SCIENTIFIC NAME: Ovis canadensis californiana
HABITAT: Steep, rocky alpine slopes
LIFE HISTORY: Migrates from elevations of approximately 5,000 feet in winter to 11,000 feet or higher in summer. Unable to outrun most predators; stocky build and short legs allow for great agility, which permits escape.
THREATS: Disease from domestic livestock; excessive predation
FORMER RANGE: Central and southern Sierra Nevada
CURRENT POPULATION: 350 to 400 individuals
Naturalist John Muir called this stocky sheep "the bravest of all the Sierra mountaineers." The Sierra Nevada Bighorn uses its extraordinary agility to escape predators, scampering up impossibly steep, rocky slopes and bounding from crag to crag.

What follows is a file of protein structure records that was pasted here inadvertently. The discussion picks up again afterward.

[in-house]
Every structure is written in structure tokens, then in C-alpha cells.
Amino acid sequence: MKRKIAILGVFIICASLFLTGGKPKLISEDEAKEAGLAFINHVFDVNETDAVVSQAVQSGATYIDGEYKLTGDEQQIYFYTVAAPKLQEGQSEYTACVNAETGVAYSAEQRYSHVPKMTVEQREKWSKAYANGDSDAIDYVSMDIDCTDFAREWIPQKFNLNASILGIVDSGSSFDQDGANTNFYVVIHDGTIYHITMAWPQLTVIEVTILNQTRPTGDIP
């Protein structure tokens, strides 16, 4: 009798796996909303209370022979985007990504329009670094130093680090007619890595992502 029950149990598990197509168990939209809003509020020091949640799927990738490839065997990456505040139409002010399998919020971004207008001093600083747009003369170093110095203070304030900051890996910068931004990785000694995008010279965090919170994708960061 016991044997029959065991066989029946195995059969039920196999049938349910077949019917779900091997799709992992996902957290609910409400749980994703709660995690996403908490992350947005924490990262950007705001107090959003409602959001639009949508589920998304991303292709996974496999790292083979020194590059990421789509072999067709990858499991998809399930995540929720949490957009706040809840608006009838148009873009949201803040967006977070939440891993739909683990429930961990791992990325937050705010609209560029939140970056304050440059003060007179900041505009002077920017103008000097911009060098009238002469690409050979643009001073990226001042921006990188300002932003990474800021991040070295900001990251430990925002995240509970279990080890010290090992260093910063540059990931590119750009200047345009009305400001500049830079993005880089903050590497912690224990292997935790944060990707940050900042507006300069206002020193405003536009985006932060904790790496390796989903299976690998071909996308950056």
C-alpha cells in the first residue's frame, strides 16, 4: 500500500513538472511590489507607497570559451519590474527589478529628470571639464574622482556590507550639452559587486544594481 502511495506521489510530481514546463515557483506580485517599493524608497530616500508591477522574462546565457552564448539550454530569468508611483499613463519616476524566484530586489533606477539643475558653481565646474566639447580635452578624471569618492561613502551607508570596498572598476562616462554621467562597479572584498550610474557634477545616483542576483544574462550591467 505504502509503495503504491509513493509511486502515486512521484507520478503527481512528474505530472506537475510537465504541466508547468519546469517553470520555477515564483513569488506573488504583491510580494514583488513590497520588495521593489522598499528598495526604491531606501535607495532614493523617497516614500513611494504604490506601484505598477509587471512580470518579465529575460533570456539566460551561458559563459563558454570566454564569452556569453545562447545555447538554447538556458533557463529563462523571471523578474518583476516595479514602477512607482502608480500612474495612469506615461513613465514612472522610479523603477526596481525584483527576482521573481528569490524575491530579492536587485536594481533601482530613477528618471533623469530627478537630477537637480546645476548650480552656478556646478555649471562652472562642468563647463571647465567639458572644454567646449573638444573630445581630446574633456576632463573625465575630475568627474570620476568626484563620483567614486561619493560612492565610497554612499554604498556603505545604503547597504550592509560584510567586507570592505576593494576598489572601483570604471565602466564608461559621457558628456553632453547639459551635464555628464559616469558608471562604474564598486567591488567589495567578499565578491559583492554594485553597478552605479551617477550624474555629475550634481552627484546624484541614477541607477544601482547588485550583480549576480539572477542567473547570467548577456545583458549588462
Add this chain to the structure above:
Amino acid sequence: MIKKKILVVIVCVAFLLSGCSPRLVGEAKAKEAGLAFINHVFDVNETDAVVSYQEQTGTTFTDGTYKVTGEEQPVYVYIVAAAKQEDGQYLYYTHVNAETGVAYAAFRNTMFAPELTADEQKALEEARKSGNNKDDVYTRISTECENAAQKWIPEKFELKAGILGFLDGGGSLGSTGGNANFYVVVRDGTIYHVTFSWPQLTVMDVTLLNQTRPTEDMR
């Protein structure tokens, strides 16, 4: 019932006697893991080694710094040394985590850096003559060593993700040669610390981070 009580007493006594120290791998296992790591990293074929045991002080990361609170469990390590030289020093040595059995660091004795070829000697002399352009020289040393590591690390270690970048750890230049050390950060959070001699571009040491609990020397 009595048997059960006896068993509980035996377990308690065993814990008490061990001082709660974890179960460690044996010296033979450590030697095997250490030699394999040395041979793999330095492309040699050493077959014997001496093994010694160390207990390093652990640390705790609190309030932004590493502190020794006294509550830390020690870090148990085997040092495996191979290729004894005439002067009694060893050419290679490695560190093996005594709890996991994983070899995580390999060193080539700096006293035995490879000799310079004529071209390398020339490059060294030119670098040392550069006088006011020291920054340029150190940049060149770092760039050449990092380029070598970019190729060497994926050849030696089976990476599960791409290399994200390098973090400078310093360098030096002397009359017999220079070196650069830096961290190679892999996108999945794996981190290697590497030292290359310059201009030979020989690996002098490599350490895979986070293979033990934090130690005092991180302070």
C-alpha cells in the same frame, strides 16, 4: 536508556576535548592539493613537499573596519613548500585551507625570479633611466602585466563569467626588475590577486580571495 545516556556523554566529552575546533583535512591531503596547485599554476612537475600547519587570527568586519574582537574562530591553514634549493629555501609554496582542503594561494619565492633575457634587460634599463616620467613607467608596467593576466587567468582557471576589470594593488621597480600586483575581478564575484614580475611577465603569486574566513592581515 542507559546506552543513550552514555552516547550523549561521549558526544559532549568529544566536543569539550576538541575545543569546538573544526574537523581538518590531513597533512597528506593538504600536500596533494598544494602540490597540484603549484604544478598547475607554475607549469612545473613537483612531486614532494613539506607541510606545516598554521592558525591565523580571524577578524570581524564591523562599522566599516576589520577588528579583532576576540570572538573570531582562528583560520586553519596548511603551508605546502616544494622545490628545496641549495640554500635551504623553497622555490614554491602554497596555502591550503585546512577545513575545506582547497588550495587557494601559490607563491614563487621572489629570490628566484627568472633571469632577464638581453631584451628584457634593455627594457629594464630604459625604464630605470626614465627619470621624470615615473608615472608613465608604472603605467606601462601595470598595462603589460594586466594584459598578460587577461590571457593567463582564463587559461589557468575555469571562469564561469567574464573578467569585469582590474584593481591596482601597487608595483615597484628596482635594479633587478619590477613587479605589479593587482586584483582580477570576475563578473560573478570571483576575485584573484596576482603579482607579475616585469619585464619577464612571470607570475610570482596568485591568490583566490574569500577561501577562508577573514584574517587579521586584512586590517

The bighorn's agility does not, however, help it escape a fatal pneumonia that it can contract from domestic sheep. When settlers started grazing domestic sheep in the Sierras in the mid-19th century, bighorns fell into a steep decline. And more recently, their numbers were further threatened by a surging population of mountain lions, which are protected under California state law. In 1998, only about 100 adults remained in the Sierra Nevada.
NRDC filed the petition that resulted in the sheep's emergency listing as an endangered species in 1999, and its formal listing in 2000. Under Endangered Species Act protections, bighorns have mounted a comeback. The state of California now employs trackers to warn mountain lions away from bighorn herds, and NRDC is working to close domestic sheep grazing allotments that are key to the survival of wild sheep in Sierra national forests. The bighorn population is still precarious, and NRDC continues to monitor threats to the wild sheep's survival and push the Fish and Wildlife Service to designate all of the critical habitat essential to the bighorn's needs.